Two basic types of boats were used at stations around the country and Great Lakes, surfboats and lifeboats. These boats had many differences powered or not. Surfboats were lighter in weight and could be carried over the beach to the wreck and then launched from the beach at the wreck site saving time and effort rowing from the station to the scene. They were originally oar powered and then later powered with engines. Lifeboats were much heavier than surfboats. They were longer and had a heavy keel and airtight compartments on each end of the boat sometimes referred to as "turtles". Both of these features helped the boat self-right itself should it roll over in the surf or waves. Helping to keep it afloat in those situations was also two main water tight compartments that created bouyancy for the boat when it rolled. These types of boats were almost always launched from a marine railway system down a ramp and into the water and put directly in service. Since these boats were much heavier, transporting them over land was much more difficult and was rarely done except in the utmost dire circumstances. The Great Lakes and Michigan had many lifeboat stations.

History of this boat:

The boats current name which you will see on the side of it in the pictures is ENDEAVOUR. She started her career as a self-righting, self-bailing motorized life boat stationed at Point Adams, Oregon watching over the Columbia River Bar. Most notibly one of the most dangerous stretches of ocean in the country. It was built by the Electric Boat Company in Bayonne, New Jersey and was one of 50 made and shipped across the country by rail for service on the coasts and Great Lakes. This was one of the first lifeboats designed with an engine for use in the Life Saving Service. Although this engine was also not as reliable as today's engines are, oars and sails were used for alternate means of powering the boat. The boat was steered by the keeper manning a two handled crank that turned a steering gear.

Endeavour came in service of the US Coast Guard in 1915 when the Revenue Cutter Service and the Life Saving Service merged. She stayed in service until 1928 and was purchased at surplus by Captain Oliver P. Rankin of Astoria, a retied Columbia River Bar pilot. Most of the time these boats were destroyed in service or were burned at the end of their useful life. We were lucky that this did not happen here. Captain Rankin had her converted into a ketch. In 1938 Rankin turned Endeavour over to his old friend Amos Burg, a writer, filmaker, and explorer, who had first gone to sea with Captain Rankin as his cabin boy aboard a steamer Rose City in 1917. Burg used Endevour as an exploration platform and for his home for many years. An article in the June 1947 issue of National Geographic "Endeavour Sails the Inside Passage" describes one of Amos Burg's many adventures in the boat.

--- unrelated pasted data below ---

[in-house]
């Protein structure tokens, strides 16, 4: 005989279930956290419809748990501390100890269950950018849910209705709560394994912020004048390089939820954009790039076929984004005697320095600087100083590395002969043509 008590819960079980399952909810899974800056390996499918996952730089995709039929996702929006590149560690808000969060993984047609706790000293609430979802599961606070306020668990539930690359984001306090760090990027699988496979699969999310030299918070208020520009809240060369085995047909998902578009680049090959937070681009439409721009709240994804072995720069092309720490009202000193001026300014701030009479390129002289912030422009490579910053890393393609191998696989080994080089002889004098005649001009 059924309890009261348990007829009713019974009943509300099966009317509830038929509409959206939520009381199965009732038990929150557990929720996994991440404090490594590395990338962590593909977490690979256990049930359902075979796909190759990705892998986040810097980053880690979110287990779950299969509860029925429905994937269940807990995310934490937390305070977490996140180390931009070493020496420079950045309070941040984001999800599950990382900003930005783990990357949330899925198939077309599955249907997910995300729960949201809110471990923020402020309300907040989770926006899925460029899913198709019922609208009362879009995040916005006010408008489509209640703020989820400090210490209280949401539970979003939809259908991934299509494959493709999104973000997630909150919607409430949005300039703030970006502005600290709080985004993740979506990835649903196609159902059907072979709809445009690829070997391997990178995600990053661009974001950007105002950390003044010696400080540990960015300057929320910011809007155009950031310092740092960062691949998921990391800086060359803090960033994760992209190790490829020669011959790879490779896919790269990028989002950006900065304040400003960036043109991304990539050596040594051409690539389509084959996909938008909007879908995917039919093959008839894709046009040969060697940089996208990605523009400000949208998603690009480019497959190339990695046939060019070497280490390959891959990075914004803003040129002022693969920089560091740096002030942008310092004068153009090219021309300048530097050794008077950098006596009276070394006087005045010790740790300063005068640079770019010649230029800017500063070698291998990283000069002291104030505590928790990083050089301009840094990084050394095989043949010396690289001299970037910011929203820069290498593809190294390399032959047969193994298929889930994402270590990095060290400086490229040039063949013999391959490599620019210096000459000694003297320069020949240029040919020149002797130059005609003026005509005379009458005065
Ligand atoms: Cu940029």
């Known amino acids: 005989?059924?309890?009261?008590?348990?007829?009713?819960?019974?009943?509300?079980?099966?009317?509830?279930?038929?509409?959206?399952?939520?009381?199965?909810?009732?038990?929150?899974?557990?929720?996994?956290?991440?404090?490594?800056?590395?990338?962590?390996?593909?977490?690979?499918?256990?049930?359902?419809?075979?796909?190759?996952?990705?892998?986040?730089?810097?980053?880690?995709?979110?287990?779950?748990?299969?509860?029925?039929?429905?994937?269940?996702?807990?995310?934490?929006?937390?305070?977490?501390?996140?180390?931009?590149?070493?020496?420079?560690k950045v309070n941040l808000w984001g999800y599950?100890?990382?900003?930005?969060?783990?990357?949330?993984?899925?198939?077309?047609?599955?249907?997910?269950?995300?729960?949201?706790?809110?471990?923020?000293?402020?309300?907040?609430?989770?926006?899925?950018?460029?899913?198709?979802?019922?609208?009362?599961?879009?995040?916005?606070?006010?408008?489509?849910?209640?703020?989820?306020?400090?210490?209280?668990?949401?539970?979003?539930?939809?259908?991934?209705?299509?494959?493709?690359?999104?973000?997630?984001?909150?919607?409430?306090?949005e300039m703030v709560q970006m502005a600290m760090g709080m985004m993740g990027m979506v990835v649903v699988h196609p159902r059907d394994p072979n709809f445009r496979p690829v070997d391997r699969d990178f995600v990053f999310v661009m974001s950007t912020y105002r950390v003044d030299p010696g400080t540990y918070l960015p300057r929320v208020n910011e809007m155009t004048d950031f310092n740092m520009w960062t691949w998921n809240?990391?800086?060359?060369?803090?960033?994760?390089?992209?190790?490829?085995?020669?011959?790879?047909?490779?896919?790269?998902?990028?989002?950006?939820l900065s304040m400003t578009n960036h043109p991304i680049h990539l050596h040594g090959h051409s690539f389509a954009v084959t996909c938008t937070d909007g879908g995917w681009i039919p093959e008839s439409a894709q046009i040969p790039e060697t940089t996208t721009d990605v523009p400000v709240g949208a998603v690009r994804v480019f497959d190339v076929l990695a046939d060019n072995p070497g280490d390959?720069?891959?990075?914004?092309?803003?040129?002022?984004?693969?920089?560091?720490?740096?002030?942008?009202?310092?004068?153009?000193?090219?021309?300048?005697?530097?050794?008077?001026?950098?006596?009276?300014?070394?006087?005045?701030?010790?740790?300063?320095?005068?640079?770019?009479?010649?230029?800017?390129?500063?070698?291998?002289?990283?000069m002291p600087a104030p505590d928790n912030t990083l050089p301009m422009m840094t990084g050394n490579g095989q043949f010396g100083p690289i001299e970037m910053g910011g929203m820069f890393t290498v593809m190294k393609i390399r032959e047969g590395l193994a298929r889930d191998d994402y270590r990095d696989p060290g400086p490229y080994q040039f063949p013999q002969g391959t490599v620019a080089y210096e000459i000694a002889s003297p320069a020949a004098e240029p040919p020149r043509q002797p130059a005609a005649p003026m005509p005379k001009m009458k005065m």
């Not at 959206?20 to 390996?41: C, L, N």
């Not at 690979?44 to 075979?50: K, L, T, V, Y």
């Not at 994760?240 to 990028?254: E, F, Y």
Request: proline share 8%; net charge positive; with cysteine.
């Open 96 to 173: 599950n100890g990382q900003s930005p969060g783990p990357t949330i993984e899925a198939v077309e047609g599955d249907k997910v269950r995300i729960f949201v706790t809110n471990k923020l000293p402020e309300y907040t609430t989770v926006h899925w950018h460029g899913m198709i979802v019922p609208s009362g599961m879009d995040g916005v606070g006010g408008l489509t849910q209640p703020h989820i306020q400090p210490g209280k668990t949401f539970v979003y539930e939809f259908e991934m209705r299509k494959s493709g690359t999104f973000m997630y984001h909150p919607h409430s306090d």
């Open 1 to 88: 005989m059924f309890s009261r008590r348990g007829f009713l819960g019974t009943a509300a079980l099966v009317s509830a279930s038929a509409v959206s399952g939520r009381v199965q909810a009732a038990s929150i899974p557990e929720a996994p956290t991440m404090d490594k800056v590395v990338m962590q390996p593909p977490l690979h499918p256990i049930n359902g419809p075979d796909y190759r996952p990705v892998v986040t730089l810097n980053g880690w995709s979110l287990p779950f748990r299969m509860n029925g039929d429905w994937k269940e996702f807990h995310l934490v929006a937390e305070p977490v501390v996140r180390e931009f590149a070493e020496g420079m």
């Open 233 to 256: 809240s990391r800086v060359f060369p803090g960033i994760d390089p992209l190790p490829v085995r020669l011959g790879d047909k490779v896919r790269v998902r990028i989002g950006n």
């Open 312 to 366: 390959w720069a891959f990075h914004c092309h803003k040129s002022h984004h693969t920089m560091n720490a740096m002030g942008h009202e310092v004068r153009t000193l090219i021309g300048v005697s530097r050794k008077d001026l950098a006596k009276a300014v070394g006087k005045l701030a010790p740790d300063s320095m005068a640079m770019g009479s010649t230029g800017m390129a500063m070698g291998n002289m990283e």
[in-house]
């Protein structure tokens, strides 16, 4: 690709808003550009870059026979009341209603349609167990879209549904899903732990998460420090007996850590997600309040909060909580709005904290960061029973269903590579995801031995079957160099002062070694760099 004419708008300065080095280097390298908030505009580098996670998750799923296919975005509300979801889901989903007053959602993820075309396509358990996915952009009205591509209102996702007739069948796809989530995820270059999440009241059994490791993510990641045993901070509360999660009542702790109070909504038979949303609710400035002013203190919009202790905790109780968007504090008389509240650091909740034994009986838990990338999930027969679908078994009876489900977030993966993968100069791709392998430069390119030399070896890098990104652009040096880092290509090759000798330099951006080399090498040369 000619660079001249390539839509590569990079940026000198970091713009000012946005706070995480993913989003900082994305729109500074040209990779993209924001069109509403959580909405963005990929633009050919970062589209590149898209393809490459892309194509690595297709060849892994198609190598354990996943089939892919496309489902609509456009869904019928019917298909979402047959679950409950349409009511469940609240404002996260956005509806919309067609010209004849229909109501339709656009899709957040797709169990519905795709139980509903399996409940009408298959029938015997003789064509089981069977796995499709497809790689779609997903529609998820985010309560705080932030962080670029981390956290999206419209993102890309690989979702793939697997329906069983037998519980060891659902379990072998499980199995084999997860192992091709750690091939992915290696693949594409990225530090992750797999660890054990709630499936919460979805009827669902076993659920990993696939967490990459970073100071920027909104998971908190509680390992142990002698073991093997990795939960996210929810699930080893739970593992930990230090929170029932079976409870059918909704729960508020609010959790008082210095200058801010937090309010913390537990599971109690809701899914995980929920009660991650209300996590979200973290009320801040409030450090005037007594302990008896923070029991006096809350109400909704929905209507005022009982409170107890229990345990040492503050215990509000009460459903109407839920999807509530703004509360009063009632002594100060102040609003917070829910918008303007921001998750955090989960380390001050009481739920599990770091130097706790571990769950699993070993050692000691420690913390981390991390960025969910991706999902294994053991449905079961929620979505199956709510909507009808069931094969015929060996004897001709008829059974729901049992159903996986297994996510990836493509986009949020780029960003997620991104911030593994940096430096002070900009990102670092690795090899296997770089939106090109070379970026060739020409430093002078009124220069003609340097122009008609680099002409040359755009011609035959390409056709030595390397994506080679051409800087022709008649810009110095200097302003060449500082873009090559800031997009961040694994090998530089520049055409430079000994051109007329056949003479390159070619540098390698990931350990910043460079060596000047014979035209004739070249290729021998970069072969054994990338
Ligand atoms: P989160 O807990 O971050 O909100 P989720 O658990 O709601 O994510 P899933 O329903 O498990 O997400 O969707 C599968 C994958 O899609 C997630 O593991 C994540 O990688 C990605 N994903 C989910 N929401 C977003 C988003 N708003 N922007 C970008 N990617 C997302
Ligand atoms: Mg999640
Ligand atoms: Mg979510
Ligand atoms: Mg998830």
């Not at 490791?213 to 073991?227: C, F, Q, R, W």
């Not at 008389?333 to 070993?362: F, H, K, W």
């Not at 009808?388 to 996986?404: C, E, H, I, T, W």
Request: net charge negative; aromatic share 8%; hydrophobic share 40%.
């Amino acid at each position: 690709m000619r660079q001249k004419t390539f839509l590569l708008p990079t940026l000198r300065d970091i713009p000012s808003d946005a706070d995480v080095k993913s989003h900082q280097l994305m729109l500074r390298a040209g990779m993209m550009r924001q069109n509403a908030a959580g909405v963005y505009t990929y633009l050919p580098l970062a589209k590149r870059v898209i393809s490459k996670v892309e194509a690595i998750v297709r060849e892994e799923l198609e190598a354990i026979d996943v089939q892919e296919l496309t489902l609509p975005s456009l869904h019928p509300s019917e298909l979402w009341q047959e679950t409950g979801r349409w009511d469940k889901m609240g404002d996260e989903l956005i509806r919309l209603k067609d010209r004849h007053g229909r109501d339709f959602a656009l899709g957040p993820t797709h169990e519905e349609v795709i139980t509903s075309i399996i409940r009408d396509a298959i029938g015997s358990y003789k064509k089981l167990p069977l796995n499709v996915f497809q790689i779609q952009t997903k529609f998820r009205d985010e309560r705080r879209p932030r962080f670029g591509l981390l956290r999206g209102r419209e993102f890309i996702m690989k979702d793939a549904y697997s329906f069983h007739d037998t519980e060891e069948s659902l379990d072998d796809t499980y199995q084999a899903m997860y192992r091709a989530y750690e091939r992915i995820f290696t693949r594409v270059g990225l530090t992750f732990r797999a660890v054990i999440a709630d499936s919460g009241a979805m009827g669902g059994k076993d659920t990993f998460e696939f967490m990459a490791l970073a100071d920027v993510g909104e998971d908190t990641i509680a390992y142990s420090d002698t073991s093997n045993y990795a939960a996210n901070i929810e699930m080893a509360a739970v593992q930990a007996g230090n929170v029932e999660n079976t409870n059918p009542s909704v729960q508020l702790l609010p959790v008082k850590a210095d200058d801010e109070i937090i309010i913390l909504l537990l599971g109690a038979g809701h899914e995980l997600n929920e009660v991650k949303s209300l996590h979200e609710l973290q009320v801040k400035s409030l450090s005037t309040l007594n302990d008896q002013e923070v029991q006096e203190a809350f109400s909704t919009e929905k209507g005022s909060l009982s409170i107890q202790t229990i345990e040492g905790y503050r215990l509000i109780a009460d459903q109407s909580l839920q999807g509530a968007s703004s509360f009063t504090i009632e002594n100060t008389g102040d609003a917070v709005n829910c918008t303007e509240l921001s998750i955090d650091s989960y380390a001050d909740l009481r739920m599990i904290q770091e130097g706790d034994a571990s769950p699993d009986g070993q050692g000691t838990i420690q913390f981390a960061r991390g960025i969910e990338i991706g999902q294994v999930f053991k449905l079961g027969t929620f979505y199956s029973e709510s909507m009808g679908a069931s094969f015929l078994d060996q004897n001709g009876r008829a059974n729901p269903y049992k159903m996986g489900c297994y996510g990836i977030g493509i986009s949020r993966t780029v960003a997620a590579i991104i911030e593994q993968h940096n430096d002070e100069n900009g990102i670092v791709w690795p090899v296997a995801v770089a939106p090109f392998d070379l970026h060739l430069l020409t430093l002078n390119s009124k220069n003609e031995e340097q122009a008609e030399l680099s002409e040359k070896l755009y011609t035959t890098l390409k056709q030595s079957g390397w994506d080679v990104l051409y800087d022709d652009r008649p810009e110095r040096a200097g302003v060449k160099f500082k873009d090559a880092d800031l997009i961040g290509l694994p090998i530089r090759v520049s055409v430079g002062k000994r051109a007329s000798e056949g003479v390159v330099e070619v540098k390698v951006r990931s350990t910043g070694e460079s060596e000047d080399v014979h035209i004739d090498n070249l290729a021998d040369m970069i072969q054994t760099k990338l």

The boat was surplused due to advancements in design and its age. In the 1930's and 1940's a number of newer 36 foot motor life boats were designed, with many enhancements over the 1909 models. Many of these boats still survive today and are on static display around the country. See Don Nelson's web site for more information on these 36 foot motor life boats. These boats are beamier, carved plank instead of double diagonal as in Endeavour. There is only one other lifeboat in the country that we have heard of the 1909 version. This was located in Everett, Washington and is called the "Sea Witch". If anyone knows of her whereabouts, please let us know.

In 1982 Fritz Funk purchased the boat from Amos Burg and undertook a major refurbishment of the lifeboat which was completed the following year. Fritz has said the restoration was a major undertaking and that over 35% of the outer layer of planking and about 15% of the inner planking were all replaced with Honduras Mahogany, the original material specified.

Now in July of 2005 with the lifeboat being donated to the Michigan Lighthouse Conservancy we will work on preserving her for generations to come. We are therefore looking for donations and suppliers to help restore this boat. We will be researching grant applications and sources of revenue to put the boat back into as much of the original specifications as possible. With your help we can make this happen. The president of the conservancy visited Norway in 2004 and one place he visited was the Viking Ship Museum in Oslo. Seeing a wooden boat that old preserved for many generations to come to learn of their past was fascinating. It is a fine example of what can be done with proper preservation.

Below are some photos taken in Alaska in July of 2005 while preparations were being made to ship her to Michigan.

This is the starboard side from the bow.

This is the starboard side from the aft.

This is a view of the port side. It is a little confusing with the other boat in the background.

 

August 8th, 2005 Update:

Preparations have started today to get a cradle made for transporting the boat as well as the paperwork required for the shipping arrangements. The boat will be on its way to Michigan in the next week depending on the barge schedule which will take it from Alaska to Seattle. A survey was done on the hull last week and it received a clean bill of health for transportation and we are now underway.

     

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Revised: 06/15/11.